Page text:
I. Motherhood and Addiction

Taneisha China watched her 8-year-old son, Andrew, draw a picture of a house with a front lawn and a car parked in the driveway.

“He’s so good, and I was getting emotional,” said China, 33, of West Philadelphia. “I said, ‘Andrew, you really drew that?’ He’s like, ‘Yes, mommy because we are going to have our house one day.’’

“So that meant a lot to me, that he thought of us moving into our house,” she added. “And that’s my dream, to have our house, and be sober and clean through recovery.”

China has been living at Family House NOW, a residential treatment center in West Philadelphia for pregnant women and mothers with children ages 13 and under, for about four months. The treatment center is one of about 10 treatment programs in the Philadelphia area that allows mothers with substance use disorder to bring their children with them.

Taneisha China, 33, a resident at Family House Now. PHOTO BY SYDNEY SCHAEFER

These kinds of facilities are an important resource for mothers with addiction, who face additional barriers to getting into treatment and recovery.

“That they have programs like this is very helpful and it’s beneficial because you learn how to be a parent again,” China said. “And you don’t have to feel the shame.”

Mothers are often the parent who take on the bulk of childcare responsibilities, and thus, must worry about where their children will go if they decide to seek treatment.

Pregnant women face even more difficulty in seeking recovery. They may be too afraid to ask others for help at all, due to fear of judgment about their drug use during pregnancy.

This fear can have negative health consequences for infants, too, who may be born dependent on the drugs their mother used.

Brochures about pregnancy hang on the wall inside Temple University Hospital. PHOTO BY AUSTIN AMPELOQUIO

II. Pregnancy and Treating Dependence

In Southeastern Pennsylvania, the number of infants exposed to “illegal drugs” in the womb has increased by nearly 30 percent in the past few years, according to a report from the Pennsylvania Department of Health that compares 2016 data to the same type of data from 2013.

In Philadelphia alone, the number jumped by about 8 percent within the same time period, though that percentage is likely higher because Temple University Hospital and Thomas Jefferson University Hospital did not report any data.

Many of these newborns suffered from neonatal abstinence syndrome, experiencing fever, vomiting and uncontrollable shaking, in addition to excessive crying and not eating or sleeping properly.

“If there is in-utero exposure of the baby during pregnancy to opioids, when that umbilical cord gets cut, the infant will suffer signs of withdrawal,” said Dr. Walter Kraft, director of the clinical research unit and division of clinical pharmacology at Jefferson.

“The way that I think about it for the infants is like a bell curve,” Kraft added. “Some infants have very few signs of withdraw, some have a lot.”

Infants with NAS are most often treated with morphine and stay in the hospital for about a month. However, Kraft led a study published in May 2017 that found buprenorphine, commonly known as Suboxone, can cut the length of treatment in half. Kraft said this can be important for allowing mothers and their infants to bond.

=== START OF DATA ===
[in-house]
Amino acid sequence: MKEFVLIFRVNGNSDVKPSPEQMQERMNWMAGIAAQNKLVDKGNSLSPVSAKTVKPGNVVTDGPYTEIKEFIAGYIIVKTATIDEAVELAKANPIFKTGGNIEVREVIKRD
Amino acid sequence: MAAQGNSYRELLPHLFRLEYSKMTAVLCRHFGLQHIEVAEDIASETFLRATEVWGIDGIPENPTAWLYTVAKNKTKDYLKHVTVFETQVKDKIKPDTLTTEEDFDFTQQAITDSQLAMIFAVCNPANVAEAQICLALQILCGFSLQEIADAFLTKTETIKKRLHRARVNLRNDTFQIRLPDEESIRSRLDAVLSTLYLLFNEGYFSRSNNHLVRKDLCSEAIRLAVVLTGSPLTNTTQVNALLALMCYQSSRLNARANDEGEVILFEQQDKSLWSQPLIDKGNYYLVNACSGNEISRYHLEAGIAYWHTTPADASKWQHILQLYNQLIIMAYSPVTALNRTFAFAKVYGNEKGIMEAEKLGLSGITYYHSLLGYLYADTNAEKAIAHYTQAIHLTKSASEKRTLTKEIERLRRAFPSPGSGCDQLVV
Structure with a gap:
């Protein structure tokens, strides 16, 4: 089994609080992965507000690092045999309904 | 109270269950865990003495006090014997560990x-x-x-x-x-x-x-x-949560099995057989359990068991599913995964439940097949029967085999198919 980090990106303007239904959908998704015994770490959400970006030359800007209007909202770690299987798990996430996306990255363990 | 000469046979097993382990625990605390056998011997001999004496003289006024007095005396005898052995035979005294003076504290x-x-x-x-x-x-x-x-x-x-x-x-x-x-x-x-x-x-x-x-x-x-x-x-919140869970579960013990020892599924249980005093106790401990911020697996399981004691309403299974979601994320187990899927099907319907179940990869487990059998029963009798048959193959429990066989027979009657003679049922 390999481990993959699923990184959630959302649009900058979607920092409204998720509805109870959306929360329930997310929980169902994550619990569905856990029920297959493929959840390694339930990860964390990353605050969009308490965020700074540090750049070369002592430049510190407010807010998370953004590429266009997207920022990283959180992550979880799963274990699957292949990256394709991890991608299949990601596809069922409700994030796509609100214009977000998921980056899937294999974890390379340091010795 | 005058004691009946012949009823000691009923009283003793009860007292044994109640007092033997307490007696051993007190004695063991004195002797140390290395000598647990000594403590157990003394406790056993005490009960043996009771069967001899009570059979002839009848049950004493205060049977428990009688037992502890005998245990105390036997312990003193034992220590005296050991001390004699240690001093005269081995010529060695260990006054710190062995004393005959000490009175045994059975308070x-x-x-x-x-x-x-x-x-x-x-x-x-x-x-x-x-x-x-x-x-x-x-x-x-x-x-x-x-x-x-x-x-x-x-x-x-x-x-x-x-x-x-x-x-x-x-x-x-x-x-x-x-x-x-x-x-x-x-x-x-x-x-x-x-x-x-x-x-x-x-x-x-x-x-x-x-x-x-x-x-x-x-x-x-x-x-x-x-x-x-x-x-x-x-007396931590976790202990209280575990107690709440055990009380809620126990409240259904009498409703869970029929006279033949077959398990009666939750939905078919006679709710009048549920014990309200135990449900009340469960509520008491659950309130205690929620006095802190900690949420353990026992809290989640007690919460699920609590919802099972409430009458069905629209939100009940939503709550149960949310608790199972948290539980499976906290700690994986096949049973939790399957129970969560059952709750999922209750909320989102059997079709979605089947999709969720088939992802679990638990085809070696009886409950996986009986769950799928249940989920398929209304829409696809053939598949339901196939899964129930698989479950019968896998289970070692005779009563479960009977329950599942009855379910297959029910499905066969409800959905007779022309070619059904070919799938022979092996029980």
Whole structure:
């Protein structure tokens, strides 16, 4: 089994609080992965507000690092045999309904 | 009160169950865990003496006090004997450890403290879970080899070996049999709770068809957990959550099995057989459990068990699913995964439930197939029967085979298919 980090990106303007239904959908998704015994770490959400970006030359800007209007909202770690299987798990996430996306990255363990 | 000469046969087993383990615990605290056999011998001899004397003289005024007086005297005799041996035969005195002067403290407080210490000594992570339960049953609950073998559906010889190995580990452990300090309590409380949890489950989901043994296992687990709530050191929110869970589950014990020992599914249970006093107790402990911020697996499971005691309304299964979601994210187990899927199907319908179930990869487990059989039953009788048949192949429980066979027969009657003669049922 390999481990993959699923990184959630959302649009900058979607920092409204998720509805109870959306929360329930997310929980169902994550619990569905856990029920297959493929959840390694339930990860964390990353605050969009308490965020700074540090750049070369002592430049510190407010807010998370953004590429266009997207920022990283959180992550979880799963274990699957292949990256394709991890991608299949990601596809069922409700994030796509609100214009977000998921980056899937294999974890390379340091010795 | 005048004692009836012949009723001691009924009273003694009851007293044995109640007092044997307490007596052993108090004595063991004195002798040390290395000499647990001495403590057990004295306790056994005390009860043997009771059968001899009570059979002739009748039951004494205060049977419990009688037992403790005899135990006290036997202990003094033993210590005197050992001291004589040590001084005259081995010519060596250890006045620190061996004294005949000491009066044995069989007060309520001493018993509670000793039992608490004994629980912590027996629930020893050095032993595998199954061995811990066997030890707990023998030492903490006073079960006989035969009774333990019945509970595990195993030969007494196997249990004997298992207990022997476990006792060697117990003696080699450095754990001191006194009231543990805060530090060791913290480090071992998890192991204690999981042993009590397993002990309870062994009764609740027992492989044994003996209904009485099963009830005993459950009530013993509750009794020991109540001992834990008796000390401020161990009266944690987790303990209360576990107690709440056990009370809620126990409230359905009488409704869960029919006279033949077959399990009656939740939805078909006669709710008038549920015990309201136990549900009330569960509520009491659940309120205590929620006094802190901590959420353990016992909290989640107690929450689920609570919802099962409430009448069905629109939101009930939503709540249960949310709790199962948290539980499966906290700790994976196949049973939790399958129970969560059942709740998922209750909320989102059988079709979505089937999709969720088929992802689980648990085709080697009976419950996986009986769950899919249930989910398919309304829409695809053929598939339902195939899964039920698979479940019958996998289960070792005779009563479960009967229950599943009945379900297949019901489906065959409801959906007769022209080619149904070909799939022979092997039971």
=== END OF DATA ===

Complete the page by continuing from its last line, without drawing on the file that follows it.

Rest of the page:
“If we can reduce the time away from home, I think we are going to strengthen that bond,” Kraft added.

Colleen Peebles’ daughter, Niahlá. PHOTOS BY JULIE CHRISTIE

When Colleen Peebles, 34, of North Philadelphia had her daughter Niahlá in September 2017, she was born with NAS and experienced shaking, crying and diarrhea. Niahlá had to stay in the hospital for two months and one week, Peebles said.

“The same thing I would go through when I would withdraw, she would go through, and I know how it feels for me, but imagine how it feels for a baby who’s so innocent,” Peebles said. “She can’t help herself.”

However, the effects of NAS can be lessened for mothers who use medication-assisted treatment during pregnancy.

Methadone and buprenorphine are two MAT options that have been shown to improve maternal and neonatal health.

Dr. Laura Hart is the medical director of the Temple Wedge Opioid (TWO) Treatment Program, which treats pregnant women with opioid use disorder. She said there are pros and cons to both medications.

“We do know that women who are exposed to [buprenorphine] versus methadone have less severe NAS, less days in the NICU for babies,” Hart said. “But it is a fairly new medication, so not everyone has sort of gotten on board.”

“It’s not for everyone,” Hart added. “Methadone is very rigid, you have to go every day to get your medication and some women really need that structure in their life.”

Dr. Laura Hart of Temple University Hospital. PHOTO BY AUSTIN AMPELOQUIO

III. Treating New Moms

Peebles began taking buprenorphine during her pregnancy to treat her addiction to opioids.

She learned about MAT options while going through Mothers MATTER, an outpatient program for pregnant and post-partum women with opioid use disorder, based out of the Hospital of the University of Pennsylvania’s Helen O. Dickens Center for Women.

Hannah Gross-Eskin is the interdisciplinary care coordinator for the program, which has existed for about a year. The program also offers methadone as a treatment option.

“A lot of what we do is educating about medication-assisted treatment because there’s a lot of misinformation about it,” Gross-Eskin said, adding it’s not good for pregnant women to go into detox, or to stop their drug use without medication. “What the buprenorphine does is keep a stable environment for the mom to be able to carry the pregnancy to term without complications, to keep a stable environment for the fetus.”

Mothers enrolled in the program come in once a week to receive their medication and for one-on-one therapy.

Mothers MATTER has a four-member staff, which allows them to provide specialized attention to the estimated 20 women in the program. Gross-Eskin said she often takes calls from mothers on her cell phone at any time of day.

“I feel like I know them all really well,” Gross-Eskin said. “I feel like that’s what they appreciate most, they feel like they get really individualized attention and we’re there to support them without judgment.”